A recent Barrons3 article highlighted the now more common practice of many large companies in the tech industry. More of them are using SBC for a greater proportion of their total employee compensation. As revenue growth rates have slowed and correspondingly tech valuations have dived, this practice is increasing the anxiety of many investors who consternate at the growing ownership dilution of their business.
The article points out that average stock-based compensation for the US tech industry rose from just 4.2% of revenue in 2012 to 10.5% in 2020, and then more than doubling a year later to 22.5% in 2021.
At these levels SBC has moved well away from its tech industry origins as a tool to align and motivate small teams in early-stage businesses. Instead it is now "part of the culture and the expectation from software company employees"… with the consequence being that… "an increasing amount of shareholder value (is) being transferred to employees and away from investors, as companies dole out more stock at lower prices".
Perhaps the most egregious recent example of the above practice has been pandemic beneficiary Zoom. SBC became very entrenched as part of employee expectations during the good times when the share price ran up from US$70 in Dec 2019 to a peak of almost US$600 (+760%) less than a year later in Oct 2020. However rolling forward to late 2022 with the share price back at US$70 (-88%), employees who unlike shareholders need to be compensated for the lower share price, requiring the company to issue significantly more SBC than when its share price was US$600.
According to Kelly Steckelberg, Zoom's CFO, this was done to ensure workers were not "feeling that they're being undervalued"4. Unfortunately this resulted in very large levels of dilution for suffering shareholders, who's feelings were apparently less important to the CFO.
The one possible fly in the ointment for employee SBC is that the rising level of tech industry layoffs is eroding the current culture of expectation. If tough times continue then tech sector remuneration will undoubtedly come under more pressure. The consequences will not only be lower levels of SBC but also possibly lower levels of total absolute compensation, although evidence of the latter is yet to be seen.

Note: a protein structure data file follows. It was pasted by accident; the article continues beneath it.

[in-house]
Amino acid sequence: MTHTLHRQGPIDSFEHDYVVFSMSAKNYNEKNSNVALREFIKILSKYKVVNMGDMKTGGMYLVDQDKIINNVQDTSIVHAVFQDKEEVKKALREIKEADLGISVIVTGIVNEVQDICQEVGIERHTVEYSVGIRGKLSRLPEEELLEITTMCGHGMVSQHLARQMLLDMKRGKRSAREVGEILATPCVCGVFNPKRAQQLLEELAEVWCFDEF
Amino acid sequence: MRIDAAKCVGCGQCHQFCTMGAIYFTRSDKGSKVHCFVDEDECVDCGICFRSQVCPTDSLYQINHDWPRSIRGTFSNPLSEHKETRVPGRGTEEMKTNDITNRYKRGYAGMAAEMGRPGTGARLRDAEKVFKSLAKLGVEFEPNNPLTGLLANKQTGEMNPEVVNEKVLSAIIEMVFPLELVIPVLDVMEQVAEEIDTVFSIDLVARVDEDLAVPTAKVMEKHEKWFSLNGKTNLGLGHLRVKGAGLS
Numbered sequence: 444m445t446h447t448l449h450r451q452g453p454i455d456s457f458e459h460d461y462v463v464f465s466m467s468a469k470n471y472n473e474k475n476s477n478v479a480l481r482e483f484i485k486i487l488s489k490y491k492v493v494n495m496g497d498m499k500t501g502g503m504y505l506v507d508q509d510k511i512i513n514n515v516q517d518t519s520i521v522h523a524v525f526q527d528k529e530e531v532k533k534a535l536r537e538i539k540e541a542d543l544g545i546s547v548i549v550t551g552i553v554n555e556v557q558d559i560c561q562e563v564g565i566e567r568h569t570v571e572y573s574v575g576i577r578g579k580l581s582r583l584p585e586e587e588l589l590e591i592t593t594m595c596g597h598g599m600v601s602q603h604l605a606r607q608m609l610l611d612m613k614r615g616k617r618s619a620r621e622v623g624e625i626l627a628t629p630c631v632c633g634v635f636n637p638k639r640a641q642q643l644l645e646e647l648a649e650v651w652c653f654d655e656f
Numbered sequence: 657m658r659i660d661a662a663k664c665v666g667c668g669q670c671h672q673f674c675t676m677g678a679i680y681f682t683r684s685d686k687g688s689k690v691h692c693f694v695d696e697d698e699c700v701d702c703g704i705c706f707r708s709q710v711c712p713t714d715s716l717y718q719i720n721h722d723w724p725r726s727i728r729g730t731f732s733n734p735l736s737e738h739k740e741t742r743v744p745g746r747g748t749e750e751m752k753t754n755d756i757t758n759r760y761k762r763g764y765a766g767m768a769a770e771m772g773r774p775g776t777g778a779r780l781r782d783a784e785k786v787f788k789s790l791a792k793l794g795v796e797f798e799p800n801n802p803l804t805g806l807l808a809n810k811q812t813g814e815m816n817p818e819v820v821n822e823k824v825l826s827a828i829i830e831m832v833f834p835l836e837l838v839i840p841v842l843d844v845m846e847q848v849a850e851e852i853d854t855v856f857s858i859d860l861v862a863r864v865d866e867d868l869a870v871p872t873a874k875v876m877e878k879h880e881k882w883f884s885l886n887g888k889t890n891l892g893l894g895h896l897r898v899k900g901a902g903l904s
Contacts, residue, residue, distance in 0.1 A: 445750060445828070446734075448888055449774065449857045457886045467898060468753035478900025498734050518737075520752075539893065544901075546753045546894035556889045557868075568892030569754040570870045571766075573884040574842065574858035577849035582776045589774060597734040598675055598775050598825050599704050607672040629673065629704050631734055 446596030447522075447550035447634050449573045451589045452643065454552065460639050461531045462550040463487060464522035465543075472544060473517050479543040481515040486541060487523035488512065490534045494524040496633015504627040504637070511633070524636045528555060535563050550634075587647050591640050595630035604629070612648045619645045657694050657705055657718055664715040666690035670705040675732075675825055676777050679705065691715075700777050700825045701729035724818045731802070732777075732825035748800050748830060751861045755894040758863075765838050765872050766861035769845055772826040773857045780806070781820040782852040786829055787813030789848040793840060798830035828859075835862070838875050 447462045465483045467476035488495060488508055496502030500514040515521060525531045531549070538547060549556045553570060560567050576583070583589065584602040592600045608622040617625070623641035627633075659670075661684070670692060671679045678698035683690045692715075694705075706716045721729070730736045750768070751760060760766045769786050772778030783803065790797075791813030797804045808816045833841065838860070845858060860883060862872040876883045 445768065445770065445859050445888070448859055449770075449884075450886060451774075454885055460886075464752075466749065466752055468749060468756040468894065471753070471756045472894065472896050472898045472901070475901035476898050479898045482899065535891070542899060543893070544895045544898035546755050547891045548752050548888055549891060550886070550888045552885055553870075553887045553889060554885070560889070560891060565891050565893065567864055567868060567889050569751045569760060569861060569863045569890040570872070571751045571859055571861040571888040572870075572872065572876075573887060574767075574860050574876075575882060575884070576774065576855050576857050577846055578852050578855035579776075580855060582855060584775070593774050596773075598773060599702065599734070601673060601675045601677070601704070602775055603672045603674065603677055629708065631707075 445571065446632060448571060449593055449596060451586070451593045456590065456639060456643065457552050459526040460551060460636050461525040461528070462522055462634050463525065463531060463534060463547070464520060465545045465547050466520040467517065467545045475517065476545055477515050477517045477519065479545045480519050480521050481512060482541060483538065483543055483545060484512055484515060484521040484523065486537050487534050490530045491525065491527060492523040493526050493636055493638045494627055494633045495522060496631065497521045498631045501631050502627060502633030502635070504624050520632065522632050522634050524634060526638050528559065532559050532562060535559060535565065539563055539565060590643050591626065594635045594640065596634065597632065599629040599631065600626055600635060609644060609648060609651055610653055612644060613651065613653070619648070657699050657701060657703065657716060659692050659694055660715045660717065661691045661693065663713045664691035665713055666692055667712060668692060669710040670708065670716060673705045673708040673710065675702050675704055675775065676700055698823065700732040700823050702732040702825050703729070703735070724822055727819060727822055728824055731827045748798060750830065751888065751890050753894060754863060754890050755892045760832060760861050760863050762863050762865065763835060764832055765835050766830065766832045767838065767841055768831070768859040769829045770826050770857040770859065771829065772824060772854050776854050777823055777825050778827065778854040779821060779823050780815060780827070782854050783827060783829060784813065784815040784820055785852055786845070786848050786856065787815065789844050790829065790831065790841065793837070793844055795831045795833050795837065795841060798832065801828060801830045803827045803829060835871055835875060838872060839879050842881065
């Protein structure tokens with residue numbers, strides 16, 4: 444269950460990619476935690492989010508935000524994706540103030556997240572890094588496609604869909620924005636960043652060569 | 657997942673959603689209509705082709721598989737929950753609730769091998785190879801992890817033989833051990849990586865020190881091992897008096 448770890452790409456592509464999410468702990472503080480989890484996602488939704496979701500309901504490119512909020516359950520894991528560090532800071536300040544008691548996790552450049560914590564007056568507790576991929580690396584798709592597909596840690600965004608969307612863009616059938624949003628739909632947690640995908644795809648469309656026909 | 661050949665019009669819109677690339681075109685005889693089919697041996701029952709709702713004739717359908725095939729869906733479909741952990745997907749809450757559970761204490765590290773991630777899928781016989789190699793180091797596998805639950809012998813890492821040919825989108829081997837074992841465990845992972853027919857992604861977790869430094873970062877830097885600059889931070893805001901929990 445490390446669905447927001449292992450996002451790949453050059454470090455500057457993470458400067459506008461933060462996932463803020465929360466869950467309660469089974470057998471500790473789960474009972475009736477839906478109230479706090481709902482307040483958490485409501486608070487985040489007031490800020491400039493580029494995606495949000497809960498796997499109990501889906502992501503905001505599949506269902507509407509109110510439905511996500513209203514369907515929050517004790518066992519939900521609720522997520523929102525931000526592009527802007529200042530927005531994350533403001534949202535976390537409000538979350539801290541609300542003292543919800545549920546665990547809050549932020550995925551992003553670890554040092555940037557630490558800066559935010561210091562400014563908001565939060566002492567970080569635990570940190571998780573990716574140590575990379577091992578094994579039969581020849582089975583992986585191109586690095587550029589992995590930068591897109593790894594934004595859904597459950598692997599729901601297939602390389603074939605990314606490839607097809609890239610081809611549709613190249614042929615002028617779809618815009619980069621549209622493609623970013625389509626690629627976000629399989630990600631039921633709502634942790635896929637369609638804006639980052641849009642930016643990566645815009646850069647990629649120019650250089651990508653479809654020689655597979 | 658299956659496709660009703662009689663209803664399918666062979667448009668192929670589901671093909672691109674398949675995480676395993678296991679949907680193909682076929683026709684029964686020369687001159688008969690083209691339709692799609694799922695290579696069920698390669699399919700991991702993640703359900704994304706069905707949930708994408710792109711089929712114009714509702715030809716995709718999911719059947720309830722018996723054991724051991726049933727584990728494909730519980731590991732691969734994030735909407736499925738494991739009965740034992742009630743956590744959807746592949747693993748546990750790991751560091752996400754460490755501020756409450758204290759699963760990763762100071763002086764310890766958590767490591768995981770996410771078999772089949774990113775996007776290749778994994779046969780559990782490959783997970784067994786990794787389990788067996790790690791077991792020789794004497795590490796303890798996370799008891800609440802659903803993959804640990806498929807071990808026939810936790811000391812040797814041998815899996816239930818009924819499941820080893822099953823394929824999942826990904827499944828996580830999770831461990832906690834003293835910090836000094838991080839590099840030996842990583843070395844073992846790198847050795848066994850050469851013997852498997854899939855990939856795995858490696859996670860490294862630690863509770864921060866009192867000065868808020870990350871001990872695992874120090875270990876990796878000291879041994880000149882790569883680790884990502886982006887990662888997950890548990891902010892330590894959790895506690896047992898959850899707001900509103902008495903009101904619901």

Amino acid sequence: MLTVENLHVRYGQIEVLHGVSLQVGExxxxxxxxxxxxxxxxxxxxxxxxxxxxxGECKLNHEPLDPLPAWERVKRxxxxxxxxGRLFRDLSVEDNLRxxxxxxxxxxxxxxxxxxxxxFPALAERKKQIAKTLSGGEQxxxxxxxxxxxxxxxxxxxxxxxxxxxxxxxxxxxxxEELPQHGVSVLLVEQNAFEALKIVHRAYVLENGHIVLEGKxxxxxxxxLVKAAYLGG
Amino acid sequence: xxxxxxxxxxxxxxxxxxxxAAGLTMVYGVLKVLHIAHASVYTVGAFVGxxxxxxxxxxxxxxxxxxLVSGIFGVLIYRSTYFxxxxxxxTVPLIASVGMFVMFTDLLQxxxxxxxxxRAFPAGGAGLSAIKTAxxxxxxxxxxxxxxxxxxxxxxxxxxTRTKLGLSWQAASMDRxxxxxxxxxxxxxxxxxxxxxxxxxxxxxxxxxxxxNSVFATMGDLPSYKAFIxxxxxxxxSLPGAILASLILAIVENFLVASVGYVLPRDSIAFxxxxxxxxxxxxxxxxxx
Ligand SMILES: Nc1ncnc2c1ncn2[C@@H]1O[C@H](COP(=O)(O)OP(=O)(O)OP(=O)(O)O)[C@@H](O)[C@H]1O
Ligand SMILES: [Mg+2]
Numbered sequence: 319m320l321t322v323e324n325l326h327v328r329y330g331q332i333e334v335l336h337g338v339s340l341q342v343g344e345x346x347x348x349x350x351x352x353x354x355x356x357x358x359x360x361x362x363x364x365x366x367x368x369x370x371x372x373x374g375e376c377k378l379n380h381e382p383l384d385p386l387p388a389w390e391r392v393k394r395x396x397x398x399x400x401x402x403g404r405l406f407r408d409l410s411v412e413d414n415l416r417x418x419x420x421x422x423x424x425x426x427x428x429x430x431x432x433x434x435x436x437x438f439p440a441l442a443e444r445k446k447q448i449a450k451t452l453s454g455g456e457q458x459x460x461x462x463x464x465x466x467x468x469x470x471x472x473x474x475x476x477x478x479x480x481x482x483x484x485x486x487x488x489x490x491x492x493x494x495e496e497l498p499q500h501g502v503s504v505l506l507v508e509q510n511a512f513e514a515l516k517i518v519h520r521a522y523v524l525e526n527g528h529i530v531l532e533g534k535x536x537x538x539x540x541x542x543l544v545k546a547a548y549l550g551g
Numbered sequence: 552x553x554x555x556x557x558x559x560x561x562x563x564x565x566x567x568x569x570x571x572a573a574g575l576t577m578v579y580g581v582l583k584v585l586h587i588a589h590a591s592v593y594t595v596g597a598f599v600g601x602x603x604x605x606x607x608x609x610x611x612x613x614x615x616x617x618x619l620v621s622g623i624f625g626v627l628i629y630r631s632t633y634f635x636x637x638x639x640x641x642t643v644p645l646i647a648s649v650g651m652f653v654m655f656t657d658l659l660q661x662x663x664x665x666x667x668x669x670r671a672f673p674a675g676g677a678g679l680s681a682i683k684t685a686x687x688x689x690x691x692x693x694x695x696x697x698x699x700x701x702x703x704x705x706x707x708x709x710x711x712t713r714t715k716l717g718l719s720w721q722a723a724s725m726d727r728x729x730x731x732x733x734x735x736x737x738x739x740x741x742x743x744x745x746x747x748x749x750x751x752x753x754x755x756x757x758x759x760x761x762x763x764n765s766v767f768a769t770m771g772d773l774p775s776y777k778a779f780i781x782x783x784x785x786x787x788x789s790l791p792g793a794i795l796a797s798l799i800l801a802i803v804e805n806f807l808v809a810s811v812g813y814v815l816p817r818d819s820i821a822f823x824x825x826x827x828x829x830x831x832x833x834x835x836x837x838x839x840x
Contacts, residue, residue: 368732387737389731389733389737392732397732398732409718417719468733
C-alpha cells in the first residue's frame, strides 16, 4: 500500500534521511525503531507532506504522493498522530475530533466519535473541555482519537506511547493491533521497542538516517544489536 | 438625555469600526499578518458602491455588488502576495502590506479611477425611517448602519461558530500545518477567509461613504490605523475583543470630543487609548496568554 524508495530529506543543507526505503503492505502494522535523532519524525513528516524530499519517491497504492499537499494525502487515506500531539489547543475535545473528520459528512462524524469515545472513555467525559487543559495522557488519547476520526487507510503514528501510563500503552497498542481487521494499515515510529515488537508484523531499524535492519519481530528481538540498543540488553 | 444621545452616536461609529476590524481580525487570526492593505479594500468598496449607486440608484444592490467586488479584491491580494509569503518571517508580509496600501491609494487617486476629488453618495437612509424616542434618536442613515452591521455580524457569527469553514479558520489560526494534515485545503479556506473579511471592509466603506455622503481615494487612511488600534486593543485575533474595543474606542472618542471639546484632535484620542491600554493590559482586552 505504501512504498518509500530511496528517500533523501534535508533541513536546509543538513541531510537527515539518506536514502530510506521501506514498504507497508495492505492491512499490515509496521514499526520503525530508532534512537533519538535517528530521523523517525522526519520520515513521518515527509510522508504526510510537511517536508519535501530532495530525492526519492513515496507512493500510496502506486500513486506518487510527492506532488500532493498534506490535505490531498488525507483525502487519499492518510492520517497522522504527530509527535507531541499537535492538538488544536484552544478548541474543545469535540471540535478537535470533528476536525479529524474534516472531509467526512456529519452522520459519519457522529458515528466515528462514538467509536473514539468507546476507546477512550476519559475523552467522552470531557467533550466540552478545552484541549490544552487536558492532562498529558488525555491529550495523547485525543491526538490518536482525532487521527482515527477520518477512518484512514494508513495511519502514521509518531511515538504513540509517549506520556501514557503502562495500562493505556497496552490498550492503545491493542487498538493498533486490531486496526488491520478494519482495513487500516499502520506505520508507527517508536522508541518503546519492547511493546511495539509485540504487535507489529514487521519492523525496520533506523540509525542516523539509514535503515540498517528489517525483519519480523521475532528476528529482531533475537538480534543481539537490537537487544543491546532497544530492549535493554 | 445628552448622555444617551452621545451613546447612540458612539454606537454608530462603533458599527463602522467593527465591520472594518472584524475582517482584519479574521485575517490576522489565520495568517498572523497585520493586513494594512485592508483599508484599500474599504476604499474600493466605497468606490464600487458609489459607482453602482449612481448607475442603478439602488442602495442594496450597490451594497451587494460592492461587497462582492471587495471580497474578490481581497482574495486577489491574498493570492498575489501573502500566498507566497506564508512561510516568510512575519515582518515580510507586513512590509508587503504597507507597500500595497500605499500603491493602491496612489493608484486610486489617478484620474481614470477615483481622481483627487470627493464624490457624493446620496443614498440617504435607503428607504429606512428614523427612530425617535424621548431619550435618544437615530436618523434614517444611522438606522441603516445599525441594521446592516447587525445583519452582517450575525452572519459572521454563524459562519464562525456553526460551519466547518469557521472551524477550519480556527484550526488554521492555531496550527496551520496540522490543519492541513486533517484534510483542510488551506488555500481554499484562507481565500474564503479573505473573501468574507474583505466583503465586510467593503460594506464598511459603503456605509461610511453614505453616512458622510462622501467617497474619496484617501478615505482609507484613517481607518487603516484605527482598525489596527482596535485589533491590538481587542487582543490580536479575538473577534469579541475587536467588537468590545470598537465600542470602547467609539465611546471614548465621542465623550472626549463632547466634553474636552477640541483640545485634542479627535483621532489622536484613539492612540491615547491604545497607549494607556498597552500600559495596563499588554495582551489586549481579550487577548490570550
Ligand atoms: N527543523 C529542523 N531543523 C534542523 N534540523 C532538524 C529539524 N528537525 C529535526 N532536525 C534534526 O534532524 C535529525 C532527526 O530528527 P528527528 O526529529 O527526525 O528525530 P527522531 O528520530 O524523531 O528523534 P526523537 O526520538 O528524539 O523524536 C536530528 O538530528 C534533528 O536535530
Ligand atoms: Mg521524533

Not all of the tech industry has been exploiting SBC-adjusted underlying earnings. Some of the larger profitable tech companies such as Alphabet (Google)5 and Meta (Facebook)6 have long since moved away from an 'underlying' earnings measure that excludes SBC. They recognise that it is indeed a true cost of attracting and retaining staff and account for it as a proper expense.
Unfortunately many other large but still unprofitable tech companies continue to rely on SBC as an 'underlying' earnings adjustment to help hide the fact that their margins are miserable on a fully costed basis. The tables and charts below show some well-known names such as Adobe and DocuSign as the biggest serial users of SBC.
We may in the not-too-distant future see SBC returning to its origins of tech start-up land. It is here where the cost of equity dilution to investors is more than offset by the 'blue sky' value creation potential that a highly motivated and well-aligned small tech team can deliver.
Author: Victor Gomes, Principal and Portfolio Manager
Funds operated by this manager:
Eiger Capital Australian Small Companies Fund